First time is 10yrds then 40 then 60 all in one sprint. My 60 is 8 flat. And the 10yrd is around 2.6. I am playing 2nd and Backup catcher for JV team and we are playing legion Ball right now. Run for the Champonship. We are 1 seed in our Conference. I love playing Ball but ready to end season so I can really get to off season hard work.
Mr. Thibaudeau, Thanks for responding. My Dad tried explaining some of that concept to me about the drive and length of stride and the amount of time your feet are on the ground. Reason being my stride at take off is short quick steps but after 10 or 15 yards it gets longer. Dad says it should be about the same from take off to full sprint speed. Something about the muscle is not releasing full energy because I am picking my feet up to soon. Hope that makes some sort of sense to you.
I also do, do deadlifts and cleans. Deadlifts are on my leg days with light quick lifts on sprint drill/plyo days. Cleans are on my Back day once a week. I have no idea what CNS efficiency/wiring is but I will be looking that up next. My vert is around 16" not the greatest but I am also work on that. Loaded jump???? I have never done them with a bar or weight jacket just with bands. But I guess I know what I am throwing into my routine. Just a heads up for me should that be along with heavy lift day once a week or is it more a ballistic move to fire up the glute?
You are entering your freshman year? I coach fb and decent frosh running backs at a large school run 5.2,5.3. To improve your 40 time by .4 is great. I think 6 weeks is not a long time and if you can do more emphasis on training in the fall you will improve. Do you play fall ball or football?
bobd78, Close I am a rising sophmore, We are a 2AA school starting to get recgonized as one of the top Athletic HS in NC. The Baseball program has always been outstanding and with a new coach who started in 2006 we are Overall 143-67, 82-26 in conference, 9-8 in the state playoffs)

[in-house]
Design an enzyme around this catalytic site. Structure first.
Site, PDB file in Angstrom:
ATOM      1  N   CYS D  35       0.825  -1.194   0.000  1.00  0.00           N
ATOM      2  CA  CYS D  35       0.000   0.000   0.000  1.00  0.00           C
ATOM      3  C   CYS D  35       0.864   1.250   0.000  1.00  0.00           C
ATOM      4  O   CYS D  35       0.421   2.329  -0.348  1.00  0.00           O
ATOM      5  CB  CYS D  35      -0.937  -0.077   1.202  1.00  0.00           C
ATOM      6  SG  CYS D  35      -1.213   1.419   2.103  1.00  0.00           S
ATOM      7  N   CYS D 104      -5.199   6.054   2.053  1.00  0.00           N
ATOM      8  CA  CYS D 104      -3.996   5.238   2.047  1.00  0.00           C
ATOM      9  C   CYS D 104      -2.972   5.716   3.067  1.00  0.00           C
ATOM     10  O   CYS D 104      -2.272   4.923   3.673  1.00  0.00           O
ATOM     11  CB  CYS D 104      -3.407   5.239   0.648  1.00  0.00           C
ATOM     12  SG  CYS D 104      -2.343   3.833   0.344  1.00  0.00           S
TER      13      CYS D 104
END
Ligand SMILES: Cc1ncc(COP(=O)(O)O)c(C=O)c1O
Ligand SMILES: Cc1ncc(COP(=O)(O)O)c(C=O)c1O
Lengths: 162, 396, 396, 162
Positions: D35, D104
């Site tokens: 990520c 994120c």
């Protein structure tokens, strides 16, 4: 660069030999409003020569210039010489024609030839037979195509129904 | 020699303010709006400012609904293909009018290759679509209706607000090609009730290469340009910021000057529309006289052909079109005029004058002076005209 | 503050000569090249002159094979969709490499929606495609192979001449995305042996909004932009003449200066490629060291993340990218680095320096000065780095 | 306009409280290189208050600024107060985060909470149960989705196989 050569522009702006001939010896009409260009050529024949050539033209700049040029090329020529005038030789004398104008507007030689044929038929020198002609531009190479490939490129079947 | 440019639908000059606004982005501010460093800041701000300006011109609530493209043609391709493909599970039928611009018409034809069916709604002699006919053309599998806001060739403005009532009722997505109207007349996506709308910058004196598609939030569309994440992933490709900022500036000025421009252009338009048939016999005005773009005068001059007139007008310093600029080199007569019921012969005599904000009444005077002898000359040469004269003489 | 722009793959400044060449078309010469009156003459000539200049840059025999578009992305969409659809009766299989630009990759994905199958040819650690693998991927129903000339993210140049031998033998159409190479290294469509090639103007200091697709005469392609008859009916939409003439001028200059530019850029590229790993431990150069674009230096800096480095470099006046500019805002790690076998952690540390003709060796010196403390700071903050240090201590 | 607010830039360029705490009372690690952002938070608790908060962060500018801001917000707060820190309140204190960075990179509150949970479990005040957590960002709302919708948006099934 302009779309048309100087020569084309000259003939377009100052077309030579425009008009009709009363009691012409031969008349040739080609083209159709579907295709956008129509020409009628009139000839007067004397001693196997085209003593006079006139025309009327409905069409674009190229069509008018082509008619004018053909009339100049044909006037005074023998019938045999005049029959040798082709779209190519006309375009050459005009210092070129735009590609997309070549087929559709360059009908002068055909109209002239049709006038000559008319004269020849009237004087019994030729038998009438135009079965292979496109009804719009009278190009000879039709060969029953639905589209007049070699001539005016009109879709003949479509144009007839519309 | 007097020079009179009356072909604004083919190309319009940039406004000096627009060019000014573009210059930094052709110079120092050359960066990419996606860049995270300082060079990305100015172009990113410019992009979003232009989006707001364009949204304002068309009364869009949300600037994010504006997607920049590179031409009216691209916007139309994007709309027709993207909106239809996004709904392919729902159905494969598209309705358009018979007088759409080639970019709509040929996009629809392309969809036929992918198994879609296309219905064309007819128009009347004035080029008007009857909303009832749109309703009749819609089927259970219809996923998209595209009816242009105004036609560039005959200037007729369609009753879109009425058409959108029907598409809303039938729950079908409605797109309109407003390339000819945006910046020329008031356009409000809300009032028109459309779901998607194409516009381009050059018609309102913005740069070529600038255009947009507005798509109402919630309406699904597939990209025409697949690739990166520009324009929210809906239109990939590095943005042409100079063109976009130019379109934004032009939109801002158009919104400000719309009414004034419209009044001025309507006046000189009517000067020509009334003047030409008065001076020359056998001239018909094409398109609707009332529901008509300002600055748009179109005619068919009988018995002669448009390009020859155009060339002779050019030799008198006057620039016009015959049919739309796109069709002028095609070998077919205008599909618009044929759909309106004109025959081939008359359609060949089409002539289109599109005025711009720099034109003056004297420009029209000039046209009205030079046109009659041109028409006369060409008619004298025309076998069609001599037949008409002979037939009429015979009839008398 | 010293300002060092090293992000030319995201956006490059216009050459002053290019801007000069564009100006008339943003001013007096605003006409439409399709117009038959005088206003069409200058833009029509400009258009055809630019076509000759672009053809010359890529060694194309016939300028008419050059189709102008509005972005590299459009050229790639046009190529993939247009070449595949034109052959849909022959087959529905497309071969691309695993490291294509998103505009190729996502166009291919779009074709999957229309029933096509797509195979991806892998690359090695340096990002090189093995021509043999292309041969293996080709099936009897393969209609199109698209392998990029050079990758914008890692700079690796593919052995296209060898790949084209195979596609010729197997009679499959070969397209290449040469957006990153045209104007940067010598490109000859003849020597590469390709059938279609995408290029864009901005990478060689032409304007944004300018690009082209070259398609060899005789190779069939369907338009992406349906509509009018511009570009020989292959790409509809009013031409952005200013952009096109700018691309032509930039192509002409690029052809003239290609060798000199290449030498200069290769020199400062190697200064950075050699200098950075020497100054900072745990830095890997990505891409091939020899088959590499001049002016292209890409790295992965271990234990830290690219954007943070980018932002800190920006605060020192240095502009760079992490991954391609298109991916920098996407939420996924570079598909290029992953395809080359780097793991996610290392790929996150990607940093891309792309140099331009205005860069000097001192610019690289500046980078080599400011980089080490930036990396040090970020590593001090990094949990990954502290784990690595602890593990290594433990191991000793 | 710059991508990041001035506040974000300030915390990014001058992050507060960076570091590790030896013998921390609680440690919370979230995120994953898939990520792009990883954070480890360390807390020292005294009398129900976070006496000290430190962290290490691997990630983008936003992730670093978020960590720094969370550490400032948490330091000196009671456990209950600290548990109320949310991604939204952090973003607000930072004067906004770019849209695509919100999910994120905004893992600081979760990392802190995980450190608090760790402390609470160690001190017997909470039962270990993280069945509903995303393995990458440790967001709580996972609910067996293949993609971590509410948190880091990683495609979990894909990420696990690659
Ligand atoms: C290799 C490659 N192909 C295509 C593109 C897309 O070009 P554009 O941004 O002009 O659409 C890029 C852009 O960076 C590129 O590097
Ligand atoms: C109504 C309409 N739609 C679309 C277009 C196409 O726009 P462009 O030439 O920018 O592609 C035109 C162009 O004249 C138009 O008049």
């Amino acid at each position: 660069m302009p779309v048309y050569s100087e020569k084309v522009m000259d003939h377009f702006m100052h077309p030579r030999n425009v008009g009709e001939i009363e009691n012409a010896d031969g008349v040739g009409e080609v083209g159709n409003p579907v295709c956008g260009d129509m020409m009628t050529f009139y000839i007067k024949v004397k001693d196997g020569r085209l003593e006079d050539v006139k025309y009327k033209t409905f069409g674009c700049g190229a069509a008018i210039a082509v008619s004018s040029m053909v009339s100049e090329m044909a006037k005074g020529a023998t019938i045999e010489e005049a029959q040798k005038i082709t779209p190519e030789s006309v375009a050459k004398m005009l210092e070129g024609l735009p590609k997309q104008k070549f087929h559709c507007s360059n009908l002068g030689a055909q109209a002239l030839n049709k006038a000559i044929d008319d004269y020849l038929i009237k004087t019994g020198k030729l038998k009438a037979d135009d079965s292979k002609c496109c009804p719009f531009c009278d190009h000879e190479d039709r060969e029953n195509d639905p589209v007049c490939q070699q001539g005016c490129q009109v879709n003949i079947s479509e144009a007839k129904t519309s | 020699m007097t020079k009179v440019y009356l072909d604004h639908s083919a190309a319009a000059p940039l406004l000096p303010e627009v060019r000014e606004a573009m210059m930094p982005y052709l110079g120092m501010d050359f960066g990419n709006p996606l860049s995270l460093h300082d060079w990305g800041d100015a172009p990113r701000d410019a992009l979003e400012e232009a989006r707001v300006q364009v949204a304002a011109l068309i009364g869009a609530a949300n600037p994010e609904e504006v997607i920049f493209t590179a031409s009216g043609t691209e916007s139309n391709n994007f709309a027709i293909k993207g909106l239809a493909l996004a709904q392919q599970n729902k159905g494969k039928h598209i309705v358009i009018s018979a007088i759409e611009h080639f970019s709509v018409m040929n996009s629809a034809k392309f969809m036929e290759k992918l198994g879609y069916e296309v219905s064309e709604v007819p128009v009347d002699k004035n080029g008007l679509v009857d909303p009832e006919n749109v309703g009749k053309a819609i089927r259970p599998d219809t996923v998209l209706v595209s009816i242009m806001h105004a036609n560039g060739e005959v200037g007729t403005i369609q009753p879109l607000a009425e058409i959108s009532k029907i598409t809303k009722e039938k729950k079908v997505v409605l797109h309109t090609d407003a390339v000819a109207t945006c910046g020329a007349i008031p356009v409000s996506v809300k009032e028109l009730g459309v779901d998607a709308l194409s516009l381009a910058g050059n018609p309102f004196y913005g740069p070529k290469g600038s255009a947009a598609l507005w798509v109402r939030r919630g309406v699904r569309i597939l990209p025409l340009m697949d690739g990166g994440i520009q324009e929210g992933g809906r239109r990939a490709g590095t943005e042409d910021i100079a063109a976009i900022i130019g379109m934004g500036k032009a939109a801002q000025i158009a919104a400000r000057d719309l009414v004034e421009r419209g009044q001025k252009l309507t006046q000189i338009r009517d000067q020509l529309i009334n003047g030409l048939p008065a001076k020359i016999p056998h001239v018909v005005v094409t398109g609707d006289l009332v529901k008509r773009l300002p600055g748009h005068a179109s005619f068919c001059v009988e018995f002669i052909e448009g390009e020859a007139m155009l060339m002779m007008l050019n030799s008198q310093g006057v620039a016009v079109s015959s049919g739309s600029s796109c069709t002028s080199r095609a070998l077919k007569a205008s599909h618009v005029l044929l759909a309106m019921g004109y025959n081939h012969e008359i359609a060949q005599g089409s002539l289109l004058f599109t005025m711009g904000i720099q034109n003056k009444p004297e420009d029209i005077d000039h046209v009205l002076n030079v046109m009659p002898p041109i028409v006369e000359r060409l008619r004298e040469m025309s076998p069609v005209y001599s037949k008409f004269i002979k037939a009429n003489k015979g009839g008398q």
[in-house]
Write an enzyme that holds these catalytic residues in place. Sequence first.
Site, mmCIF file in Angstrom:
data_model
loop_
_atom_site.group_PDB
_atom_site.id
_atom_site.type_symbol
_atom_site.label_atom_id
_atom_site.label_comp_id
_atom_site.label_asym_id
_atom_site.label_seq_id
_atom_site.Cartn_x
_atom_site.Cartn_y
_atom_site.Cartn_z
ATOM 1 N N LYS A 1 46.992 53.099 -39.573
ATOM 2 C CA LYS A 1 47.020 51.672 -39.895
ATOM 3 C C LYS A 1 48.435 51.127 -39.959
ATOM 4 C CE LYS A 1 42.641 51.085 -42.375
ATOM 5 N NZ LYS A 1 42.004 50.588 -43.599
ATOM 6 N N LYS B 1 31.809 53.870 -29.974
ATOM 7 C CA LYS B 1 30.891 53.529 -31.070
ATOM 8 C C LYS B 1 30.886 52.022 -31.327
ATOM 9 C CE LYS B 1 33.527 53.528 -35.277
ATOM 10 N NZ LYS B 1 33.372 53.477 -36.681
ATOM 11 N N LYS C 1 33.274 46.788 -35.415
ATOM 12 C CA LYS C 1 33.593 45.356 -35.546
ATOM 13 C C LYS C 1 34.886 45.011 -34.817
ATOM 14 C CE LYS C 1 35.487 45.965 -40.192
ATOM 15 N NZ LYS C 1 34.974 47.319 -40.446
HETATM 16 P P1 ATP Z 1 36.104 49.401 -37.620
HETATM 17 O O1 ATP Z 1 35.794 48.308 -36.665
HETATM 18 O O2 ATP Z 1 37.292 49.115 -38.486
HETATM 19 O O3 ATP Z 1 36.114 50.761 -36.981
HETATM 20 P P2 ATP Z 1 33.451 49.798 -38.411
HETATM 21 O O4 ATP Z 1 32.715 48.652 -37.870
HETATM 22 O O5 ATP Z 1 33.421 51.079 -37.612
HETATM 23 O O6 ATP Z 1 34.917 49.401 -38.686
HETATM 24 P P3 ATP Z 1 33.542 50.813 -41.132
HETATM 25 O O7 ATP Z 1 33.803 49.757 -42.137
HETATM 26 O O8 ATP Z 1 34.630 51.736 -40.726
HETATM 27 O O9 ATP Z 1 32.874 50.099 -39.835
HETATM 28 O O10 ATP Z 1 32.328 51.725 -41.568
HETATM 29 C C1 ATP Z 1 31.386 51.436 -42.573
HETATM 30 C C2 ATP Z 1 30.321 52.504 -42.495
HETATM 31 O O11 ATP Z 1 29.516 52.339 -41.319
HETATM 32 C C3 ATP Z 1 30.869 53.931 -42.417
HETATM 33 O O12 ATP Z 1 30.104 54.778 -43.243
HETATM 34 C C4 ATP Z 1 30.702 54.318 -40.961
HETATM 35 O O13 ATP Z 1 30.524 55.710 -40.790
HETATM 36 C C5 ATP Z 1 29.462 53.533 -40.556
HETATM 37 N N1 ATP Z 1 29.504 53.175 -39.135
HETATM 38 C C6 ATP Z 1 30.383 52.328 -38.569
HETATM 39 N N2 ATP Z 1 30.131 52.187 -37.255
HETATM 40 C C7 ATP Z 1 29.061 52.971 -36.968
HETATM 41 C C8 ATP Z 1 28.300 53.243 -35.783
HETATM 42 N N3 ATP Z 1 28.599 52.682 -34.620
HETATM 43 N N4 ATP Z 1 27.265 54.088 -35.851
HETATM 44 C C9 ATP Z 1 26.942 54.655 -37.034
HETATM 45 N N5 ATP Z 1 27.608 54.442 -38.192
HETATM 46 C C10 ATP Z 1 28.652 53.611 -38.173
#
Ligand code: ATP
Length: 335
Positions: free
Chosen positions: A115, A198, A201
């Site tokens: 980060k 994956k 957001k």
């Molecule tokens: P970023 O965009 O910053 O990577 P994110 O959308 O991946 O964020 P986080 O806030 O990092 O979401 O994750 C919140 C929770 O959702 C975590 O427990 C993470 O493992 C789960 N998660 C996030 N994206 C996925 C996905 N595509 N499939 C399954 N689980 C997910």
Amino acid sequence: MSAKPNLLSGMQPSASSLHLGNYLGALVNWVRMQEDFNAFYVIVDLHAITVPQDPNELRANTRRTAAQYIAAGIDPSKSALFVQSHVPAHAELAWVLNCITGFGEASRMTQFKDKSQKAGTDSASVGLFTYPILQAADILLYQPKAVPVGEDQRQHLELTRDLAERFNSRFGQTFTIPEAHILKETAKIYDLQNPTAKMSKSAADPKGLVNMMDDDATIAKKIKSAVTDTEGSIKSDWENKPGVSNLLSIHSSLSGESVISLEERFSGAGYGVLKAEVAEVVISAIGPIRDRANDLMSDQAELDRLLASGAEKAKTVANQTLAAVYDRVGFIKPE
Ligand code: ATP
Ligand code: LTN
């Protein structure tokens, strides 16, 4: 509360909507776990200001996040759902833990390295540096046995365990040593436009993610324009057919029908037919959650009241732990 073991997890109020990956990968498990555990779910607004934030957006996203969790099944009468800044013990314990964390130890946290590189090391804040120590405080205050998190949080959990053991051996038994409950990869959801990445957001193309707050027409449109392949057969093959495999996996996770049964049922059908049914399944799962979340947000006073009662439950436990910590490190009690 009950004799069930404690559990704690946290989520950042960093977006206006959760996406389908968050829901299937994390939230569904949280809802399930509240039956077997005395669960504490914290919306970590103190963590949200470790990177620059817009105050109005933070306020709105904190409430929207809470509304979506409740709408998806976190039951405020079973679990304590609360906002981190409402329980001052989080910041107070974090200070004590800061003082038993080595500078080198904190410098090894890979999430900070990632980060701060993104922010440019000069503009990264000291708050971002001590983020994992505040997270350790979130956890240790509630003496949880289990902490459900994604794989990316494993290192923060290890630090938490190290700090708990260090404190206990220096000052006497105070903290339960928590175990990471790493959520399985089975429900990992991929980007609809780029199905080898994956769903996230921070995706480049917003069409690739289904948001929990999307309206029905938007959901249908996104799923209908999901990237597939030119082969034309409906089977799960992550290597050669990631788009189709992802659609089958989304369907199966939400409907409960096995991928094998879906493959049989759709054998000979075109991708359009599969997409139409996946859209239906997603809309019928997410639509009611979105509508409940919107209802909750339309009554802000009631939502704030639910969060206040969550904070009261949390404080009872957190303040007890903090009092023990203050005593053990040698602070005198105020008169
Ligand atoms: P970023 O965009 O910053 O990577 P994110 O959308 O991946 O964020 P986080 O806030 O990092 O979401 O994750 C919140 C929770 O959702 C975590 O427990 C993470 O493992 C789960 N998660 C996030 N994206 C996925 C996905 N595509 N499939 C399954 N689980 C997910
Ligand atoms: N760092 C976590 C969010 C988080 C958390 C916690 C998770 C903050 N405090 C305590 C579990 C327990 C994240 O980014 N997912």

Conference Championships: 2009, 2011, 2012 and in 2012 they went 22-5, 14-0 in conference. That is V of course but the development starts with JV. I have played ball since age 4 and none stop spring, summer, fall, USSSA, Nations, and 4 Allstar teams. We almost made it to Cali. One game sort and that is pretty good for 13 boys all form the same town. I know all the boys from rising Freshmen to Juniors and have played some level of ball with most of them. The GOOD stuff is coming.
As far as Football I have never tried it but have plans to try out next summer. I am not a big guy. I am barely busting 5'7" (hoping that will soon change). So I have no idea what to go out for. It sure won't be line, unless I pack on 60lbs and that ain't what I am looking for or at least doing it as fast as possible. I am right at 142lbs. The Football program is great also.
New coaching staff started in 2007 and has made a run for 2 State championships and grabbed 1 Which was last year going 16-0. My 8th grade MS Baseball team went 13-0. So all in all I have to stay on top of my game. The fastest on the Baseball field runs a 4.6/40 and he is the Kicker for the football team. Coach times us from Contact of ball to foot on bag.
Fastest is 4.2, My best is 5.2. The running backs are right around 4.6, We have 2 main Receivers both also on run on track team and bust a 4.4/40. My personal goal by start of Ball season (Feb) is 4.7. Lot of work to do.
Kid, I absolutely friggin love your no-nonsense work attitude. You are going to go far as long as you keep your head down grinding and learning both. You cannot get the best of either one without a lot of the other.
Anything where you are projecting yourself off the ground is ballistic or projecting a weight away from you in the air (like med ball throws or barbell throws) is ballistic.
I would very, VERY much head Coach Thibaudeau's advice on being very sparing with the plyometrics--and loaded jumps fall into that category more or less. Don't keep them in all the time and don't overdo the volume.
People either tend to do the loaded jumps before heavy work, on their speed or dynamic effort day (if they have one), or as a super set with heavy lifts (e.g. set of squats, rest 90 seconds, then 3 loaded jumps, rest 30 seconds, squat again). They typically use loads between 15-30% of their squat most of the time, and heavier is NOT always better in this case. I think it best you should be thoroughly warmed up and blood flowing before doing them and should--for the moment--not do them as a contrast super set. If CT has a differing view obviously cede to his opinion.